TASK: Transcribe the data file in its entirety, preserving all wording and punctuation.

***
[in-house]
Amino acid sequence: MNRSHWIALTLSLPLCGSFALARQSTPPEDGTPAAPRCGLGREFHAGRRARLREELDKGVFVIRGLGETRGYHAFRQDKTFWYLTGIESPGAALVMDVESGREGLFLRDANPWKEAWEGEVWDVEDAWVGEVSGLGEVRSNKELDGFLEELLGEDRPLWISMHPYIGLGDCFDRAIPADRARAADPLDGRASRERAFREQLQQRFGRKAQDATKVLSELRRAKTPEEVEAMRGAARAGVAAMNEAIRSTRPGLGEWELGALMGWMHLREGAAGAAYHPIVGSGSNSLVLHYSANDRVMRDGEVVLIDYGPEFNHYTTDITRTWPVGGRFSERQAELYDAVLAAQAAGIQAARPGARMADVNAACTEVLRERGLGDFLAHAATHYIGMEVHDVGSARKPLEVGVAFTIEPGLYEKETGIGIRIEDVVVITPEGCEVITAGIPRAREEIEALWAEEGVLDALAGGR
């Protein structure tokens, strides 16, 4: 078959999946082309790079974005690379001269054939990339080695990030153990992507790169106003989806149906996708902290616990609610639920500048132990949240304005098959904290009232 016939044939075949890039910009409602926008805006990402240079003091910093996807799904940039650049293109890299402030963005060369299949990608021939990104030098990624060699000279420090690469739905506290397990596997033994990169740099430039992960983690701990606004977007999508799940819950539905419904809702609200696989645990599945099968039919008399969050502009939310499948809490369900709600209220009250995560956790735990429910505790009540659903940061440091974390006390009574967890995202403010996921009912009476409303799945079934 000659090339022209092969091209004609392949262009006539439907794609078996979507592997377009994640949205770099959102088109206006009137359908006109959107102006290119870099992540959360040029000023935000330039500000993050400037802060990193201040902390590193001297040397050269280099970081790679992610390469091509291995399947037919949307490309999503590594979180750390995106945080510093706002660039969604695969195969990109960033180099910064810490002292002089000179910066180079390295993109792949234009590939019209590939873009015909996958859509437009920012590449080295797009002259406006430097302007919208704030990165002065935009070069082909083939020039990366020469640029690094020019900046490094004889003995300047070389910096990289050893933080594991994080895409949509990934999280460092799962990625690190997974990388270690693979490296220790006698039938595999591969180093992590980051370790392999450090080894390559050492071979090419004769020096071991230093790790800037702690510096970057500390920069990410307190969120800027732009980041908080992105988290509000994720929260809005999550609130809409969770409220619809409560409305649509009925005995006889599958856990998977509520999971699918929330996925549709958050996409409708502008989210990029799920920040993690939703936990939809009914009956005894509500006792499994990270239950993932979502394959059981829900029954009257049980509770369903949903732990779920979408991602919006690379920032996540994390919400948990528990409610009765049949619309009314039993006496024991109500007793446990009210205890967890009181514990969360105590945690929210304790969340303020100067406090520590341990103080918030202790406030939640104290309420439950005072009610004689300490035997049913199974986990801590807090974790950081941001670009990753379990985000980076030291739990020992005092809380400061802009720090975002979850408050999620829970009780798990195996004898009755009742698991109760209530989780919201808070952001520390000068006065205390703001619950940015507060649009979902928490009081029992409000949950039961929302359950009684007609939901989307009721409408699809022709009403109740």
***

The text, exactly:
[in-house]
Amino acid sequence: MNRSHWIALTLSLPLCGSFALARQSTPPEDGTPAAPRCGLGREFHAGRRARLREELDKGVFVIRGLGETRGYHAFRQDKTFWYLTGIESPGAALVMDVESGREGLFLRDANPWKEAWEGEVWDVEDAWVGEVSGLGEVRSNKELDGFLEELLGEDRPLWISMHPYIGLGDCFDRAIPADRARAADPLDGRASRERAFREQLQQRFGRKAQDATKVLSELRRAKTPEEVEAMRGAARAGVAAMNEAIRSTRPGLGEWELGALMGWMHLREGAAGAAYHPIVGSGSNSLVLHYSANDRVMRDGEVVLIDYGPEFNHYTTDITRTWPVGGRFSERQAELYDAVLAAQAAGIQAARPGARMADVNAACTEVLRERGLGDFLAHAATHYIGMEVHDVGSARKPLEVGVAFTIEPGLYEKETGIGIRIEDVVVITPEGCEVITAGIPRAREEIEALWAEEGVLDALAGGR
């Protein structure tokens, strides 16, 4: 078959999946082309790079974005690379001269054939990339080695990030153990992507790169106003989806149906996708902290616990609610639920500048132990949240304005098959904290009232 016939044939075949890039910009409602926008805006990402240079003091910093996807799904940039650049293109890299402030963005060369299949990608021939990104030098990624060699000279420090690469739905506290397990596997033994990169740099430039992960983690701990606004977007999508799940819950539905419904809702609200696989645990599945099968039919008399969050502009939310499948809490369900709600209220009250995560956790735990429910505790009540659903940061440091974390006390009574967890995202403010996921009912009476409303799945079934 000659090339022209092969091209004609392949262009006539439907794609078996979507592997377009994640949205770099959102088109206006009137359908006109959107102006290119870099992540959360040029000023935000330039500000993050400037802060990193201040902390590193001297040397050269280099970081790679992610390469091509291995399947037919949307490309999503590594979180750390995106945080510093706002660039969604695969195969990109960033180099910064810490002292002089000179910066180079390295993109792949234009590939019209590939873009015909996958859509437009920012590449080295797009002259406006430097302007919208704030990165002065935009070069082909083939020039990366020469640029690094020019900046490094004889003995300047070389910096990289050893933080594991994080895409949509990934999280460092799962990625690190997974990388270690693979490296220790006698039938595999591969180093992590980051370790392999450090080894390559050492071979090419004769020096071991230093790790800037702690510096970057500390920069990410307190969120800027732009980041908080992105988290509000994720929260809005999550609130809409969770409220619809409560409305649509009925005995006889599958856990998977509520999971699918929330996925549709958050996409409708502008989210990029799920920040993690939703936990939809009914009956005894509500006792499994990270239950993932979502394959059981829900029954009257049980509770369903949903732990779920979408991602919006690379920032996540994390919400948990528990409610009765049949619309009314039993006496024991109500007793446990009210205890967890009181514990969360105590945690929210304790969340303020100067406090520590341990103080918030202790406030939640104290309420439950005072009610004689300490035997049913199974986990801590807090974790950081941001670009990753379990985000980076030291739990020992005092809380400061802009720090975002979850408050999620829970009780798990195996004898009755009742698991109760209530989780919201808070952001520390000068006065205390703001619950940015507060649009979902928490009081029992409000949950039961929302359950009684007609939901989307009721409408699809022709009403109740």